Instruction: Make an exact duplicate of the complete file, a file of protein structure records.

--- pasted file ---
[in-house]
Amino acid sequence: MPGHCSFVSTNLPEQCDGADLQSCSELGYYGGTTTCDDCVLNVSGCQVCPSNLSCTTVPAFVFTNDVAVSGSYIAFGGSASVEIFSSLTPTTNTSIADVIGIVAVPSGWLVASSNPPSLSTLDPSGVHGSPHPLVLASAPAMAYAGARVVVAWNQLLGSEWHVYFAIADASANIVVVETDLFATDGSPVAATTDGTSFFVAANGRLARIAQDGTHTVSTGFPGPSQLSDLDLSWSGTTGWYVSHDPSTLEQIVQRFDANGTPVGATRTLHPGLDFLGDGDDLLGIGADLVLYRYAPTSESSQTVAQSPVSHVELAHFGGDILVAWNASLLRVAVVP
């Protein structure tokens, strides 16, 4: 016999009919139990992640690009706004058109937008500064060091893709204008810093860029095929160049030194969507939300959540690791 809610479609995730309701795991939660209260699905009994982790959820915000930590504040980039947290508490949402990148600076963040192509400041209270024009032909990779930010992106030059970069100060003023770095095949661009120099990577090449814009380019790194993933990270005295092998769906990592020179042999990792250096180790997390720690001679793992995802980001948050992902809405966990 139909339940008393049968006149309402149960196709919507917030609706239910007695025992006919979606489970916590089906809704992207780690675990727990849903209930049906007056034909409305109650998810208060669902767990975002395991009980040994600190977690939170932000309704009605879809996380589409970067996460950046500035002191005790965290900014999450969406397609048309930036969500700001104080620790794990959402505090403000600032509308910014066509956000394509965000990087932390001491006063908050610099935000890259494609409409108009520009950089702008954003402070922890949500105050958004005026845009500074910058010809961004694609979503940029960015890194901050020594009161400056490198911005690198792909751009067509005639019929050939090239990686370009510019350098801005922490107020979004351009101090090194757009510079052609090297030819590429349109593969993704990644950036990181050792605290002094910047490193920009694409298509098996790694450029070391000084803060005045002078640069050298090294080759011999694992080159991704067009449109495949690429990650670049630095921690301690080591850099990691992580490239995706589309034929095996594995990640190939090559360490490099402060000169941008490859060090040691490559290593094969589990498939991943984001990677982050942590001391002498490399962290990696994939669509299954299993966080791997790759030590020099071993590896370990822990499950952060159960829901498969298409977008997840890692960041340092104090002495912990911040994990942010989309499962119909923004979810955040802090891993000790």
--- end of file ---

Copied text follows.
[in-house]
Amino acid sequence: MPGHCSFVSTNLPEQCDGADLQSCSELGYYGGTTTCDDCVLNVSGCQVCPSNLSCTTVPAFVFTNDVAVSGSYIAFGGSASVEIFSSLTPTTNTSIADVIGIVAVPSGWLVASSNPPSLSTLDPSGVHGSPHPLVLASAPAMAYAGARVVVAWNQLLGSEWHVYFAIADASANIVVVETDLFATDGSPVAATTDGTSFFVAANGRLARIAQDGTHTVSTGFPGPSQLSDLDLSWSGTTGWYVSHDPSTLEQIVQRFDANGTPVGATRTLHPGLDFLGDGDDLLGIGADLVLYRYAPTSESSQTVAQSPVSHVELAHFGGDILVAWNASLLRVAVVP
């Protein structure tokens, strides 16, 4: 016999009919139990992640690009706004058109937008500064060091893709204008810093860029095929160049030194969507939300959540690791 809610479609995730309701795991939660209260699905009994982790959820915000930590504040980039947290508490949402990148600076963040192509400041209270024009032909990779930010992106030059970069100060003023770095095949661009120099990577090449814009380019790194993933990270005295092998769906990592020179042999990792250096180790997390720690001679793992995802980001948050992902809405966990 139909339940008393049968006149309402149960196709919507917030609706239910007695025992006919979606489970916590089906809704992207780690675990727990849903209930049906007056034909409305109650998810208060669902767990975002395991009980040994600190977690939170932000309704009605879809996380589409970067996460950046500035002191005790965290900014999450969406397609048309930036969500700001104080620790794990959402505090403000600032509308910014066509956000394509965000990087932390001491006063908050610099935000890259494609409409108009520009950089702008954003402070922890949500105050958004005026845009500074910058010809961004694609979503940029960015890194901050020594009161400056490198911005690198792909751009067509005639019929050939090239990686370009510019350098801005922490107020979004351009101090090194757009510079052609090297030819590429349109593969993704990644950036990181050792605290002094910047490193920009694409298509098996790694450029070391000084803060005045002078640069050298090294080759011999694992080159991704067009449109495949690429990650670049630095921690301690080591850099990691992580490239995706589309034929095996594995990640190939090559360490490099402060000169941008490859060090040691490559290593094969589990498939991943984001990677982050942590001391002498490399962290990696994939669509299954299993966080791997790759030590020099071993590896370990822990499950952060159960829901498969298409977008997840890692960041340092104090002495912990911040994990942010989309499962119909923004979810955040802090891993000790």